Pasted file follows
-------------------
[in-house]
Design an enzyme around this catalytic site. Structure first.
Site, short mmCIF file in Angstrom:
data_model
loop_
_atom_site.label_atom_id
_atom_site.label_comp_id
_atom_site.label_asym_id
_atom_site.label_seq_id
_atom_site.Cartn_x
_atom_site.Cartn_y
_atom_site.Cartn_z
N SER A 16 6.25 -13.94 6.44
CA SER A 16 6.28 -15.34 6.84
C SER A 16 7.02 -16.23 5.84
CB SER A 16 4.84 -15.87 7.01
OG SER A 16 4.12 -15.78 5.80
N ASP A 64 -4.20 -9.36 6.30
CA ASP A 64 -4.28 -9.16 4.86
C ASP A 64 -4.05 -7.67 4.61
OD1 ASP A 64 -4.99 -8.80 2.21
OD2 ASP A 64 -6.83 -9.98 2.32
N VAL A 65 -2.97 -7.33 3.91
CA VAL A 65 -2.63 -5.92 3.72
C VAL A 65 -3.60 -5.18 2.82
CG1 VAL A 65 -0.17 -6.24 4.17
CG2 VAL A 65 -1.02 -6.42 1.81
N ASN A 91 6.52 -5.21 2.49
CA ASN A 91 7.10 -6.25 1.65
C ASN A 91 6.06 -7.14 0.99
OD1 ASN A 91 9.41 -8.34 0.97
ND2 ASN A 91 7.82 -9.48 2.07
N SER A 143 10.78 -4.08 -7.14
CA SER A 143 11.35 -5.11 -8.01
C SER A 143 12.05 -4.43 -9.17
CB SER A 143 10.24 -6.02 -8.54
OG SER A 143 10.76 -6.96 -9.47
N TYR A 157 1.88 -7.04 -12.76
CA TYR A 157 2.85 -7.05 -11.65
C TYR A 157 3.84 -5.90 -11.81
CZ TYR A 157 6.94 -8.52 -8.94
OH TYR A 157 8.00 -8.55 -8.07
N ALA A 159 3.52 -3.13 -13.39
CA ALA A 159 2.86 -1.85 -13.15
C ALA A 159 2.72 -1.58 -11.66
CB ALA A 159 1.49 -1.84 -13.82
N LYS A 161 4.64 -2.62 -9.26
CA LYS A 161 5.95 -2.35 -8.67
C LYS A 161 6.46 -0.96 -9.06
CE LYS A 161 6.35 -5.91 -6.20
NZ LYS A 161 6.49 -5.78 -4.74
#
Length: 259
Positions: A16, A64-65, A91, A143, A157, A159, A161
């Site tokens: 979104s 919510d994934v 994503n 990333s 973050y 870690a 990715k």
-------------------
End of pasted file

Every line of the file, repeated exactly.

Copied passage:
[in-house]
Design an enzyme around this catalytic site. Structure first.
Site, short mmCIF file in Angstrom:
data_model
loop_
_atom_site.label_atom_id
_atom_site.label_comp_id
_atom_site.label_asym_id
_atom_site.label_seq_id
_atom_site.Cartn_x
_atom_site.Cartn_y
_atom_site.Cartn_z
N SER A 16 6.25 -13.94 6.44
CA SER A 16 6.28 -15.34 6.84
C SER A 16 7.02 -16.23 5.84
CB SER A 16 4.84 -15.87 7.01
OG SER A 16 4.12 -15.78 5.80
N ASP A 64 -4.20 -9.36 6.30
CA ASP A 64 -4.28 -9.16 4.86
C ASP A 64 -4.05 -7.67 4.61
OD1 ASP A 64 -4.99 -8.80 2.21
OD2 ASP A 64 -6.83 -9.98 2.32
N VAL A 65 -2.97 -7.33 3.91
CA VAL A 65 -2.63 -5.92 3.72
C VAL A 65 -3.60 -5.18 2.82
CG1 VAL A 65 -0.17 -6.24 4.17
CG2 VAL A 65 -1.02 -6.42 1.81
N ASN A 91 6.52 -5.21 2.49
CA ASN A 91 7.10 -6.25 1.65
C ASN A 91 6.06 -7.14 0.99
OD1 ASN A 91 9.41 -8.34 0.97
ND2 ASN A 91 7.82 -9.48 2.07
N SER A 143 10.78 -4.08 -7.14
CA SER A 143 11.35 -5.11 -8.01
C SER A 143 12.05 -4.43 -9.17
CB SER A 143 10.24 -6.02 -8.54
OG SER A 143 10.76 -6.96 -9.47
N TYR A 157 1.88 -7.04 -12.76
CA TYR A 157 2.85 -7.05 -11.65
C TYR A 157 3.84 -5.90 -11.81
CZ TYR A 157 6.94 -8.52 -8.94
OH TYR A 157 8.00 -8.55 -8.07
N ALA A 159 3.52 -3.13 -13.39
CA ALA A 159 2.86 -1.85 -13.15
C ALA A 159 2.72 -1.58 -11.66
CB ALA A 159 1.49 -1.84 -13.82
N LYS A 161 4.64 -2.62 -9.26
CA LYS A 161 5.95 -2.35 -8.67
C LYS A 161 6.46 -0.96 -9.06
CE LYS A 161 6.35 -5.91 -6.20
NZ LYS A 161 6.49 -5.78 -4.74
#
Length: 259
Positions: A16, A64-65, A91, A143, A157, A159, A161
């Site tokens: 979104s 919510d994934v 994503n 990333s 973050y 870690a 990715k």